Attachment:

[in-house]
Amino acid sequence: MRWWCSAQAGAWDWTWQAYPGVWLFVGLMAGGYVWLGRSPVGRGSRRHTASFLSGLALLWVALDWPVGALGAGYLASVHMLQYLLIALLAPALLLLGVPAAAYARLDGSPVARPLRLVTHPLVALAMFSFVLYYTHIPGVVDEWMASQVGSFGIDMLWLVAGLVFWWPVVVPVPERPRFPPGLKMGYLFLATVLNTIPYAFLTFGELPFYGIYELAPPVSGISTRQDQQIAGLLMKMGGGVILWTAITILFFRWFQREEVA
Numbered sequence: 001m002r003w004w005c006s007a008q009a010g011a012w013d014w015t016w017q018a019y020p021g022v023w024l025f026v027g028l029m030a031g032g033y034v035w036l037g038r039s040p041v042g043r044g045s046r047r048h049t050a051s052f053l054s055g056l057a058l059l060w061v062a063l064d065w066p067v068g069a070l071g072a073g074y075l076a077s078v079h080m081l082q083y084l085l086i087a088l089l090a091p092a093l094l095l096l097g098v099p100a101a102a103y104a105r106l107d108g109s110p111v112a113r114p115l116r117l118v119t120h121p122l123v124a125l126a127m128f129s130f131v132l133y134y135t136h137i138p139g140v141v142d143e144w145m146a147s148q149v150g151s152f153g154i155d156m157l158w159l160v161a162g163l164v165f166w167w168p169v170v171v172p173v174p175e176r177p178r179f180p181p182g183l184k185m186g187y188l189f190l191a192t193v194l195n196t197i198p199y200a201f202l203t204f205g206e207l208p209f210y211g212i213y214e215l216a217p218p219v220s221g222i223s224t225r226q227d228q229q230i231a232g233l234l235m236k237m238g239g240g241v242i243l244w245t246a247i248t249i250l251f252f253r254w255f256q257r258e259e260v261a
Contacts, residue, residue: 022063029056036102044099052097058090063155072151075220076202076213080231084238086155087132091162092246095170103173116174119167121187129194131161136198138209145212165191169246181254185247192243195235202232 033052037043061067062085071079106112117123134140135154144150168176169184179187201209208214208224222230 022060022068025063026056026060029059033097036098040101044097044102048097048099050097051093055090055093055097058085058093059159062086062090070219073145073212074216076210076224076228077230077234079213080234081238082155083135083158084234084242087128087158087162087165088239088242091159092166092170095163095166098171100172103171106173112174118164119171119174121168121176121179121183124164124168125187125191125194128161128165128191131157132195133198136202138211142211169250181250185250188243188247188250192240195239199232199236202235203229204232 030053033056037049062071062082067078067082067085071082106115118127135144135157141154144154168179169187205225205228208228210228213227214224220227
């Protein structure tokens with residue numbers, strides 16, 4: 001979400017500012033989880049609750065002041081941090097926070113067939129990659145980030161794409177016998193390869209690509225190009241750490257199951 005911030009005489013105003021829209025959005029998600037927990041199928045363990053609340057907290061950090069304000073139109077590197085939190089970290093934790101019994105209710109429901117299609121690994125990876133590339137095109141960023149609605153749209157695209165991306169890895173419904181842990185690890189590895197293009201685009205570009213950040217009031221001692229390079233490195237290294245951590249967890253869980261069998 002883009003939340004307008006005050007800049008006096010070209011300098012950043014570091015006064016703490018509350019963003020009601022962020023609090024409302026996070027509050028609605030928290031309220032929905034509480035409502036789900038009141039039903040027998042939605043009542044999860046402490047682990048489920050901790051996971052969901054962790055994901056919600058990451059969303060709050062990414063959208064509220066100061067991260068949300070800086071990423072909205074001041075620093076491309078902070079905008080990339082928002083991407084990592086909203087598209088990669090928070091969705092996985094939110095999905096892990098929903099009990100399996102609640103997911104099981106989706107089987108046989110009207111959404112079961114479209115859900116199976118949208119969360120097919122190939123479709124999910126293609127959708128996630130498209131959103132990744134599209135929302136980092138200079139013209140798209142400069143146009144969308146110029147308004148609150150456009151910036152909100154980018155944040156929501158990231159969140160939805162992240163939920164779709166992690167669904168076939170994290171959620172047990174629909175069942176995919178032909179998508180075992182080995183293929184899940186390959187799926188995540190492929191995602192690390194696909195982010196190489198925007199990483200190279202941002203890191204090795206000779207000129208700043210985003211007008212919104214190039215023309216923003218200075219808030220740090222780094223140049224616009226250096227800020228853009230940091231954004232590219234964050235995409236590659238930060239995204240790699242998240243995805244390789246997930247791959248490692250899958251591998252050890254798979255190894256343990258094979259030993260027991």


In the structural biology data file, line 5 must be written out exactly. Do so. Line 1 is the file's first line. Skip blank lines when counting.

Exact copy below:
């Protein structure tokens with residue numbers, strides 16, 4: 001979400017500012033989880049609750065002041081941090097926070113067939129990659145980030161794409177016998193390869209690509225190009241750490257199951 005911030009005489013105003021829209025959005029998600037927990041199928045363990053609340057907290061950090069304000073139109077590197085939190089970290093934790101019994105209710109429901117299609121690994125990876133590339137095109141960023149609605153749209157695209165991306169890895173419904181842990185690890189590895197293009201685009205570009213950040217009031221001692229390079233490195237290294245951590249967890253869980261069998 002883009003939340004307008006005050007800049008006096010070209011300098012950043014570091015006064016703490018509350019963003020009601022962020023609090024409302026996070027509050028609605030928290031309220032929905034509480035409502036789900038009141039039903040027998042939605043009542044999860046402490047682990048489920050901790051996971052969901054962790055994901056919600058990451059969303060709050062990414063959208064509220066100061067991260068949300070800086071990423072909205074001041075620093076491309078902070079905008080990339082928002083991407084990592086909203087598209088990669090928070091969705092996985094939110095999905096892990098929903099009990100399996102609640103997911104099981106989706107089987108046989110009207111959404112079961114479209115859900116199976118949208119969360120097919122190939123479709124999910126293609127959708128996630130498209131959103132990744134599209135929302136980092138200079139013209140798209142400069143146009144969308146110029147308004148609150150456009151910036152909100154980018155944040156929501158990231159969140160939805162992240163939920164779709166992690167669904168076939170994290171959620172047990174629909175069942176995919178032909179998508180075992182080995183293929184899940186390959187799926188995540190492929191995602192690390194696909195982010196190489198925007199990483200190279202941002203890191204090795206000779207000129208700043210985003211007008212919104214190039215023309216923003218200075219808030220740090222780094223140049224616009226250096227800020228853009230940091231954004232590219234964050235995409236590659238930060239995204240790699242998240243995805244390789246997930247791959248490692250899958251591998252050890254798979255190894256343990258094979259030993260027991």